By Jesusa Rivera, Bilingual Case Manager at Proteus, Inc., Indiana

Spring in Indiana is welcome to Hoosiers after six months of cold, snow, and freezing rain. When we experience the beginning of sunshine and warmth, a familiar saying – “This is what we have been waiting for” – fills us with anticipation.  We see the violets lift their petals through the grass and the flowering trees begin to display their beauty.  Memories of corn on the cob, fresh strawberries, peach pie, and warm blueberry muffins at summer picnics bring us a smile.

This year, the arrival of some of these delicious fruits and vegetables was delayed due to the amount and frequency of rain, which made planting extremely difficult, if not impossible, in some areas.  When it finally appeared that the fields could be worked, it rained enough to postpone planting again.

The first few weeks are already a hardship after migrant farmworkers and their families arrive, as there are no community resources to help support their food and hygiene needs before their first paychecks are received, which may take 2-3 weeks.  The added delay from the rain was devastating.  While a very few of the farmworkers found it necessary to return to their home states due to the extreme weather conditions Indiana is experiencing, most had to stay and wait it out.

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Photo credit: Proteus, Inc., Iowa


Jesusa Rivera, bilingual Case Manager for Proteus who also provides farmworker health & safety training, asked a farmworker these questions:

Question: “What is hindering the growth of the corn?”

Response: “The corn is not growing. It keeps raining. All last week and this week nothing but rain.   Hopefully we will be back to work Wednesday.”

Question: “How does this affect the people?”

Response: “The people wanna leave go back, but they can’t because they don’t have the money for the cost that it will take to go back. Not for the gas. So we have to bear it. What could we do? We also already have the contract with the farmer/company. The bosses also can’t do anything. They have no control over it. It’s God’s work. We can’t do anything.”


Jesusa recently received phone calls from several farmworkers who desperately needed food, dry clothing and dry shelters.  The farmworkers were not able to begin work in the fields due to the intermittent deluge of rain.  This means their first pay check was still weeks away.  Jesusa located local food pantries, soup kitchens, handed out dry clothing and found dry shelter for the farmworkers and their families.

The rain eventually did settle and work in the fields began again, but challenges for the farmworkers and their families continued.

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Health & Safety training for farmworkers. Photo credit: Proteus, Inc., Iowa.


That’s why another important part of Jesusa’s day-to-day is reaching out to the farmers, crew leaders, contractors and farmworkers in the 16 Northern Indiana counties she covers.  This helps to build relationships and continue the dialogue of how Proteus, Inc. can better serve them through Proteus’s and AFOP’s Health & Safety Programs.  Jesusa herself provides training for Heat Stress and Pesticide Safety in Spanish.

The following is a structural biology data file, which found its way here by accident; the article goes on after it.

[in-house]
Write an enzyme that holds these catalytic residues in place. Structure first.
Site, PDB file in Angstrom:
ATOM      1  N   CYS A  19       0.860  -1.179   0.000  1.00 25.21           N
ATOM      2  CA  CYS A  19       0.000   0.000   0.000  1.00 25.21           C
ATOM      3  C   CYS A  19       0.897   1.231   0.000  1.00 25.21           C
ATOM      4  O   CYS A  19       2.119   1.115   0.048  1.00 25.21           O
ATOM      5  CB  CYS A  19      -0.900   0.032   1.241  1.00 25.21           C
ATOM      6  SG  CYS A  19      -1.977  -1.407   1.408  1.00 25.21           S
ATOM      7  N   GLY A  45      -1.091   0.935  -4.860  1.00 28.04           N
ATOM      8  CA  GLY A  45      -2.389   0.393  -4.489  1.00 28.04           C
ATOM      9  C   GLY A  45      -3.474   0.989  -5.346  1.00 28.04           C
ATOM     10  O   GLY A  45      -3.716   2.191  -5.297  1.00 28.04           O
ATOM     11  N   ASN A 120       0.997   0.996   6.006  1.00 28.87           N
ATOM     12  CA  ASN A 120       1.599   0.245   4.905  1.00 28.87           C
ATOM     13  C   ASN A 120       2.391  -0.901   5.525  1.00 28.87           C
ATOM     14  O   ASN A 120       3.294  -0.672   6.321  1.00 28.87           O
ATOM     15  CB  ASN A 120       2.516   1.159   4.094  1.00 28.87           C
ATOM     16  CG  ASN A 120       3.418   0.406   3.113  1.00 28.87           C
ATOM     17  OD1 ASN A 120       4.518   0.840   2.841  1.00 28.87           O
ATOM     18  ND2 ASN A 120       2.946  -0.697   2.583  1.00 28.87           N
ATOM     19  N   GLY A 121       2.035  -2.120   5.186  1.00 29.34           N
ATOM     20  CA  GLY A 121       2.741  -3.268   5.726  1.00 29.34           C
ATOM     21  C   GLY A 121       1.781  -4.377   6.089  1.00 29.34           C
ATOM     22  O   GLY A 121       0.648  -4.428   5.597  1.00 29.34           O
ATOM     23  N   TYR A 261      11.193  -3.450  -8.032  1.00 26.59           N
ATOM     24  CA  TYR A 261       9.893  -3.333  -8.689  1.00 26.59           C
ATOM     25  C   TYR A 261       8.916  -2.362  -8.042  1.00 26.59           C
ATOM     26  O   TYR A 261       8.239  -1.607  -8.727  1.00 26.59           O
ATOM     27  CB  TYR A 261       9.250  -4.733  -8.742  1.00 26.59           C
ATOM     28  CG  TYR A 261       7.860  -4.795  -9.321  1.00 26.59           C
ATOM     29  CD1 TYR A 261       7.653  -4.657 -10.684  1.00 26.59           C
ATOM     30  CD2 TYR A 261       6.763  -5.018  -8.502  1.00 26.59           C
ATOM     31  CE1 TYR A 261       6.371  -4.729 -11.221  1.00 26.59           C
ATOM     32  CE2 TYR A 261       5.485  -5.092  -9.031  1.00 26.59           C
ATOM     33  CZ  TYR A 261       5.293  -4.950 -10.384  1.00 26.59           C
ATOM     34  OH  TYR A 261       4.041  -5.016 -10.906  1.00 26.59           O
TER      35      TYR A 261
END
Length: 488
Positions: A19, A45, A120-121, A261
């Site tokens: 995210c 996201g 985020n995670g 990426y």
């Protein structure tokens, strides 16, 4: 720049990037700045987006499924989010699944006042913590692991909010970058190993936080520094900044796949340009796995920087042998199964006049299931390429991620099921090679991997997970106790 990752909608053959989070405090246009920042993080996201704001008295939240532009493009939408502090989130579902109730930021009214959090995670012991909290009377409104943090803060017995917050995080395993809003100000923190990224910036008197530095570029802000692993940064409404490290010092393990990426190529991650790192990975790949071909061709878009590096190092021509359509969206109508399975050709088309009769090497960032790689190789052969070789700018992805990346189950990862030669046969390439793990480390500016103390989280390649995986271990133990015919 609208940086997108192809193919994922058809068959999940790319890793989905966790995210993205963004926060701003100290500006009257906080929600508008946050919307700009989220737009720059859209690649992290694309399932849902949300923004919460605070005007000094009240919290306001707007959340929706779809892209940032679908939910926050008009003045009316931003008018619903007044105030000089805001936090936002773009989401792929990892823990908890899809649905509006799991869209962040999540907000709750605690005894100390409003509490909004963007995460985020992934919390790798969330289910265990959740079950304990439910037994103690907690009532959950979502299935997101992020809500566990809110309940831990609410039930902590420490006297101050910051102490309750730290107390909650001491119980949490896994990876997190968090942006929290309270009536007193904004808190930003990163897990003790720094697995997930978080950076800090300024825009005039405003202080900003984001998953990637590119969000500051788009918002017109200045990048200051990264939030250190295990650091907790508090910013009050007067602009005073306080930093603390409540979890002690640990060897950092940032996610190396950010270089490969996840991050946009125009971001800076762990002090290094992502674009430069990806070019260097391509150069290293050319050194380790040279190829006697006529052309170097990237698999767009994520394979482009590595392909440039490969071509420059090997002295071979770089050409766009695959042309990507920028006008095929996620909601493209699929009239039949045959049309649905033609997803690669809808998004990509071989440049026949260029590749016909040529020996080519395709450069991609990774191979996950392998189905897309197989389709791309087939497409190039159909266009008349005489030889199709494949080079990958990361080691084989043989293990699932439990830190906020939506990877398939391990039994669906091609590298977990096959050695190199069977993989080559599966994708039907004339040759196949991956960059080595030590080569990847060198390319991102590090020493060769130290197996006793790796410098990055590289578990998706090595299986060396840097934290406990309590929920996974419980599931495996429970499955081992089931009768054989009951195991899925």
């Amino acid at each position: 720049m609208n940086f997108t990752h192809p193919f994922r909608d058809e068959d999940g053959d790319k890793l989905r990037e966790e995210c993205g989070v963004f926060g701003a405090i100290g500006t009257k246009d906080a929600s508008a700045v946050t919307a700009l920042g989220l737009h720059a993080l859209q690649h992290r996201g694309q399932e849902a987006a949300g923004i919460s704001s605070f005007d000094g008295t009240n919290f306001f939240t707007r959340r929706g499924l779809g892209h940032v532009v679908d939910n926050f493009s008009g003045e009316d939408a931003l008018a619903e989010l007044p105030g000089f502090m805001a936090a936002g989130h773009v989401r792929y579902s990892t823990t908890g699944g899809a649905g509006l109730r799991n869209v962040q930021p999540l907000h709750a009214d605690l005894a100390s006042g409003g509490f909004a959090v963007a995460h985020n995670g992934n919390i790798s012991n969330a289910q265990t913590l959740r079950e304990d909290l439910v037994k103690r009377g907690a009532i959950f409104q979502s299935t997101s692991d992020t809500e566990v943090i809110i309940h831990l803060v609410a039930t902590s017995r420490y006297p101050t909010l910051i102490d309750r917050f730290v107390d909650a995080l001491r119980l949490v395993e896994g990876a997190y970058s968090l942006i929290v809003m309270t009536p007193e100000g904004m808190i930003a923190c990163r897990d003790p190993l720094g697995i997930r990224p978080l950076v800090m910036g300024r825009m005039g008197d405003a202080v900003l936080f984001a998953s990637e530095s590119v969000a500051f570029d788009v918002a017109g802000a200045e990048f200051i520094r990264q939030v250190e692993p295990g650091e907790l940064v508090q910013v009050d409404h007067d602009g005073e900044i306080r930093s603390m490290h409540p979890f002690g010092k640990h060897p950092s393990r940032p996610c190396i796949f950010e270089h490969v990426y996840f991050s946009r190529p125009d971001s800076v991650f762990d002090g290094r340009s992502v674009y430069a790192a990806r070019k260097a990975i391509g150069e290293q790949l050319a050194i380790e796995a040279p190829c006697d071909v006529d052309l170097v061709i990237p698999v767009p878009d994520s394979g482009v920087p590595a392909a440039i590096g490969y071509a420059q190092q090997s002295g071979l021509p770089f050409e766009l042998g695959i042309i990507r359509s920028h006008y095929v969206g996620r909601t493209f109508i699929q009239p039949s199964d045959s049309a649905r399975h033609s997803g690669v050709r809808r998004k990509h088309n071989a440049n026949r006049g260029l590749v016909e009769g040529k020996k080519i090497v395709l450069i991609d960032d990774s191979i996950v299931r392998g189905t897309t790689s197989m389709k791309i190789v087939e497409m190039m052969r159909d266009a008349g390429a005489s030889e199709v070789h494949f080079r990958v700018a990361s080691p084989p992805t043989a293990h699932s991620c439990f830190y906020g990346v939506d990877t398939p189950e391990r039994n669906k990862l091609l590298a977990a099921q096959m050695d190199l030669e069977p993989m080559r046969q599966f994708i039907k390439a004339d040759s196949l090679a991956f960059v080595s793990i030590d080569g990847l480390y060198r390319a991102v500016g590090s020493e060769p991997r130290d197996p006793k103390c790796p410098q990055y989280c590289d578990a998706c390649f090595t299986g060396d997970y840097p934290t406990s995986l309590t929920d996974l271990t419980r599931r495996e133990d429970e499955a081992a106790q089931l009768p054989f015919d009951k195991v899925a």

Prior to the day of the training, Jesusa always asks the farmer or contractor if they have specific issues they would like her to address in the training.  For example, one farmer requested the farmworkers to be warned, for their safety, that during rain and/or lightning they cannot be near the irrigation equipment.  During bad weather conditions, standing near the irrigation equipment could result in them getting electrocuted.

“The timing of the training is also very important.” Jesusa explains. Training can begin early in the morning before the farmworkers are in the fields, during their lunch, or at the end of the day.  Jesusa is very conscious that they need to eat – all their needs are taken into consideration. One thing is for certain:  Jesusa has everything worked out and ready to go before she begins the training.   She has even arranged for food that they can take home with them after the training is over. 

Training doesn’t always occur in a classroom! Photo credit: Proteus, Inc., Iowa.


Pesticide Safety focuses on the following areas and during the training several examples are provided:

  1. How to protect yourself from pesticides
  2. Where are pesticides?
  3. How can pesticides hurt you?
  4. What if you get sick at work?
  5. What if pesticides get on or in you?
  6. The law helps protect you
  7. Help protect yourself

At the end of the training Jesusa explains the rights that farmworkers are entitled to:  availability of water, time allowed for breaks, time allowed to eat, to receive the pay they were promised, transportation to and from the fields, and more.  She answers their questions and helps put them at ease, knowing that however she can help and whenever they need her she will always be there at the front of the line advocating for them and their families or connecting them with someone who can help them.

Jesusa takes her job very seriously, as she was once a farmworker working at the age of 8, working in the same fields and in the same working conditions.  Thank God for organizations such as Proteus, Inc. and AFOP!


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Jesusa Rivera is a bilingual Case Manager for Proteus for 16 northern Indiana counties.  Proteus, Inc. is an Iowa-based private, 501(c) 3 non-profit organization serving migrant and seasonal farmworkers, immigrants, and others since 1979.  Proteus also has offices in Indiana and Nebraska. Indiana Programs include Pesticide Safety and Heat Stress Safety, Housing Education and National Farmworker Jobs Program.  In addition to these programs, Proteus Case Managers handle a multitude of emergencies, such as urgent requests for food, shelter, and clothing.